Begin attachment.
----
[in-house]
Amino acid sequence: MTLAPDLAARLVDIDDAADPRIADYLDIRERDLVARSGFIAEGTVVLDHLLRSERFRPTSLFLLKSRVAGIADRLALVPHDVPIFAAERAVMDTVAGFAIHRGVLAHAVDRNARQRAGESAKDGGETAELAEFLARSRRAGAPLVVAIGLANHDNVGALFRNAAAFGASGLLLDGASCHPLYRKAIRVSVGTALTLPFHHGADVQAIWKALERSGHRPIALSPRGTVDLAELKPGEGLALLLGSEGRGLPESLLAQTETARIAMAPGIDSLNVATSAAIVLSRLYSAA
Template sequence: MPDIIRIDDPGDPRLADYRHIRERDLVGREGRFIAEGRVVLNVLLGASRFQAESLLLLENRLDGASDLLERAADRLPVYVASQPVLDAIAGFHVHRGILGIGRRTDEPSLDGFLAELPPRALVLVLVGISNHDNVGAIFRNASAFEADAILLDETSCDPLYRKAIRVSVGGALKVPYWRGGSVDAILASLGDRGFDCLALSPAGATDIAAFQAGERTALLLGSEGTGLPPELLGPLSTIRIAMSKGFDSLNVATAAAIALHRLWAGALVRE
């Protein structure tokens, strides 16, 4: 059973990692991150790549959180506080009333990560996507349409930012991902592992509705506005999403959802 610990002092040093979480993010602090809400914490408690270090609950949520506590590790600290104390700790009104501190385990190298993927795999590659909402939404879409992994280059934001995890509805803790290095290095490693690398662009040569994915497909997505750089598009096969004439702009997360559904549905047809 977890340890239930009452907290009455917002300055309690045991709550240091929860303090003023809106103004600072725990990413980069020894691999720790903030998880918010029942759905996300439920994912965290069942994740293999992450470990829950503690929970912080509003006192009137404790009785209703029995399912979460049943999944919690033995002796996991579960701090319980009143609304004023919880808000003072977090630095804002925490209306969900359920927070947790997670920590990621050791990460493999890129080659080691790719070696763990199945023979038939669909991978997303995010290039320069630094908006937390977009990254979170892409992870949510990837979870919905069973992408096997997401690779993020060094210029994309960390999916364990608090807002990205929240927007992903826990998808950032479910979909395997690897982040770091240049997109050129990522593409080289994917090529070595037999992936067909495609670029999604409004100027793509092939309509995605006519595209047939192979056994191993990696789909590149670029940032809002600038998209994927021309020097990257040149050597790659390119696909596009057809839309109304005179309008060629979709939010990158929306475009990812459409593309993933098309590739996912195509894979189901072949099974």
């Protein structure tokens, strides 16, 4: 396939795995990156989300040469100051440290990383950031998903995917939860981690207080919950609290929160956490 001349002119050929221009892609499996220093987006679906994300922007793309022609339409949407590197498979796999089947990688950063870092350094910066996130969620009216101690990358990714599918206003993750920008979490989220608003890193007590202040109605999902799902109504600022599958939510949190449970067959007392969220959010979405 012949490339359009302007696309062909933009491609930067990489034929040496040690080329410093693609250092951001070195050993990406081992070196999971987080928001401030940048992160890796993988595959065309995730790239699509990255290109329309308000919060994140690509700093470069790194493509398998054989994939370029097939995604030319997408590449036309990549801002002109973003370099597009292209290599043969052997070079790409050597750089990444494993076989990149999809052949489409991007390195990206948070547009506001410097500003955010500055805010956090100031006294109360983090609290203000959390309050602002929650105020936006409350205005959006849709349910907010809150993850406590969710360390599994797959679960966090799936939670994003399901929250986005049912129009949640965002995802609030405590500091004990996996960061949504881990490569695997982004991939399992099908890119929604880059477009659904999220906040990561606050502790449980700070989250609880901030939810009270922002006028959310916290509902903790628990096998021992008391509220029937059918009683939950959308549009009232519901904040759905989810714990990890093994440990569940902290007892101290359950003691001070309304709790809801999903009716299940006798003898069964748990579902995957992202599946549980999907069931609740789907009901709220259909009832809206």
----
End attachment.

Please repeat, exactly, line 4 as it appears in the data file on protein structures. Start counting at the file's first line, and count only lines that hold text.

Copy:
């Protein structure tokens, strides 16, 4: 059973990692991150790549959180506080009333990560996507349409930012991902592992509705506005999403959802 610990002092040093979480993010602090809400914490408690270090609950949520506590590790600290104390700790009104501190385990190298993927795999590659909402939404879409992994280059934001995890509805803790290095290095490693690398662009040569994915497909997505750089598009096969004439702009997360559904549905047809 977890340890239930009452907290009455917002300055309690045991709550240091929860303090003023809106103004600072725990990413980069020894691999720790903030998880918010029942759905996300439920994912965290069942994740293999992450470990829950503690929970912080509003006192009137404790009785209703029995399912979460049943999944919690033995002796996991579960701090319980009143609304004023919880808000003072977090630095804002925490209306969900359920927070947790997670920590990621050791990460493999890129080659080691790719070696763990199945023979038939669909991978997303995010290039320069630094908006937390977009990254979170892409992870949510990837979870919905069973992408096997997401690779993020060094210029994309960390999916364990608090807002990205929240927007992903826990998808950032479910979909395997690897982040770091240049997109050129990522593409080289994917090529070595037999992936067909495609670029999604409004100027793509092939309509995605006519595209047939192979056994191993990696789909590149670029940032809002600038998209994927021309020097990257040149050597790659390119696909596009057809839309109304005179309008060629979709939010990158929306475009990812459409593309993933098309590739996912195509894979189901072949099974």